Investment choices imply examining all possible options for achieving a given goal and sorting them in order to select the most promising one. Two alternative approaches are commonly used: cost-benefit analysis (CBA) and multi-criteria approaches (MCA). The former relies on economic indicators from which a single scoring parameter is drawn, whereas in the latter dimensionless values are combined with different weights. CBA is used more often for assessing infrastructural investments while MCA is preferred for analyses of projects in which social and environmental aspects are prevailing. The project choice was to implement a comprehensive CBA approach trying to appraise in monetary terms several aspects that are usually only investigated in a qualitative manner. A toolbox is also being implemented allowing to apply the proposed methodology in an automatic way and will be put available as a public deliverable of the project.
Figure 1 below shows the main aspects of the CBA methodology.
The main socio-environmental aspects to be considered for the assessment of the socio-environmental impacts for transmission systems are land use and public acceptance (other aspects include for instance real estate prices, biodiversity and landscape, human health and well-being). Land use values can be estimated with a quantification of the rights-of-way compensation costs by means of a five-step approach: (i) Create a land taxonomy; (ii) Collect values for the European countries; (iii) Analyze average characteristics of clusters borders based on the ground taxonomy; (iv) Use a “brown field approach” in case of long borders with variable characteristics (v) Assume infrastructure length according to inter-distance between clusters centers. Public acceptance has an impact on the implementation time of a new transmission infrastructure. Statistics for selected countries are collected and then typical values for extra delays are assumed depending on the category of network infrastructures.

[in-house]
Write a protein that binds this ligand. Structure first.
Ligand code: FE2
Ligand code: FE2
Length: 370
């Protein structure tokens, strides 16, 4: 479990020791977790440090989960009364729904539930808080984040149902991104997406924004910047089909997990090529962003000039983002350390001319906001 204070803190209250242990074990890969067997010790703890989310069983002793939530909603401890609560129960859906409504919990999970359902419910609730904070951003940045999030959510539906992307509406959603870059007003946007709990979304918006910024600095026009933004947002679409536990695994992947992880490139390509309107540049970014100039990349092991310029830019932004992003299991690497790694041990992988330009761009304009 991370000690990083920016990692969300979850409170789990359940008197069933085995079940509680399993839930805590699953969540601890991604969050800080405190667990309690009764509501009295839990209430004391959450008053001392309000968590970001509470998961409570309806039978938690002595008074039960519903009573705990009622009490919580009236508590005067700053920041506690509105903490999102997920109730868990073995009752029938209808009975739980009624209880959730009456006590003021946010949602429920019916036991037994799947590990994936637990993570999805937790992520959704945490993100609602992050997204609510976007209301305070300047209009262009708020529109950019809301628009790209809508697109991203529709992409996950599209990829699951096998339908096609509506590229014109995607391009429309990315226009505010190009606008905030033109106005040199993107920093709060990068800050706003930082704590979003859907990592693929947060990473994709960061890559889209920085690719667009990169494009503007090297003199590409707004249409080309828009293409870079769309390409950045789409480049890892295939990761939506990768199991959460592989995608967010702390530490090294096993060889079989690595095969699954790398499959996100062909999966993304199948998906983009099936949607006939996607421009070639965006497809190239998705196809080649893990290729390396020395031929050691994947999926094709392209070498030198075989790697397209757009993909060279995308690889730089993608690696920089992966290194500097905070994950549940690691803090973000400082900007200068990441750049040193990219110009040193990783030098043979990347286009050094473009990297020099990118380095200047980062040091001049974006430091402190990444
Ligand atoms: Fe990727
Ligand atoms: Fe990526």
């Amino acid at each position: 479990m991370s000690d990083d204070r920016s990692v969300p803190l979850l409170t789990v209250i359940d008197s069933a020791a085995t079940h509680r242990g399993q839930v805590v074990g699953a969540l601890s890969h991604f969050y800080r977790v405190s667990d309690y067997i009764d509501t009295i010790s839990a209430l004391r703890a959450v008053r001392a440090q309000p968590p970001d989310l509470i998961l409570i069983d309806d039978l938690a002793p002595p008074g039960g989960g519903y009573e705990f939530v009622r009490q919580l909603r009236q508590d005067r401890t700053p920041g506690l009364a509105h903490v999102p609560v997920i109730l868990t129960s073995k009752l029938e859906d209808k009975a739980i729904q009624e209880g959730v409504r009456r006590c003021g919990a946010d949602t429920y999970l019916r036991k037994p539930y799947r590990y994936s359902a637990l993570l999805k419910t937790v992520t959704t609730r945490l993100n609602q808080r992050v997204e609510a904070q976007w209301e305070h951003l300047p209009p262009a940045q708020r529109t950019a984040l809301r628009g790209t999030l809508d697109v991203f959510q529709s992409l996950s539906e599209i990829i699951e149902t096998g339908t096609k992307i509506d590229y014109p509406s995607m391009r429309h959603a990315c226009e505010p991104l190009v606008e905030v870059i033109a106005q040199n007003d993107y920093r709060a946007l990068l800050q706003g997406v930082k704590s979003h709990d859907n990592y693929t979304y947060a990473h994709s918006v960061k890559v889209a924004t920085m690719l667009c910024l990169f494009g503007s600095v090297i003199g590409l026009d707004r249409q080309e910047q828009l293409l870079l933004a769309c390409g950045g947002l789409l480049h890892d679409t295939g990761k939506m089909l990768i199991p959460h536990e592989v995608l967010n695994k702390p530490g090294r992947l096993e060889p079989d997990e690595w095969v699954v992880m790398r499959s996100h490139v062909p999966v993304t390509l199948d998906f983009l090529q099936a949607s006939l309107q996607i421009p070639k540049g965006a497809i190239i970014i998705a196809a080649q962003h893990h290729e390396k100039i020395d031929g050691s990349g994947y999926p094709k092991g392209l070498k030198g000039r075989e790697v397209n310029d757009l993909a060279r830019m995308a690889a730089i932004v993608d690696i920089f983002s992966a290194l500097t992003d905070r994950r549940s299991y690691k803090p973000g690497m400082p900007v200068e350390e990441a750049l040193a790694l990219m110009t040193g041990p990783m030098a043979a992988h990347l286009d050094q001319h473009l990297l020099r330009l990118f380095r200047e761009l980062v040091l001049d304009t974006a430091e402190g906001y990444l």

System resilience and security of supply
- Reliability costs are estimated as the cost of service interruptions under normal conditions, i.e. the amount of Energy not Served (ENS) times the unit Value of Lost Load (VoLL). VoLL levels are estimated here for all EU countries for a one-hour interruption per type of energy consumption and country.
- Resilience costs (service interruptions under extreme events). Here, the amount of ENS occurring as a result of an extreme event is calculated for each node which allows to compute the cost of the lack of resilience.
- “Reliability related” DSM costs (costs of mobilizing demand to preserve system security). The cost of DSM measures applied to avoid service interruptions is deemed equal to the cost for the system of interruptible contracts, or other reliability driven measures like regulating energy markets. It comprises the cost of procuring a load available to be interrupted if necessary and the cost of the use of this service. Both actions can be undertaken either through contracts or any reliability market scheme.
Financial and regulatory aspects
The interplay of regulation, financing and risk is at the heart of transmission network financing  and an integrated approach is necessary. The level of risk allocated to the firm by regulation design impacts the incentives and the market perception of the firm which translates into a specific cost of the capital provided by investors.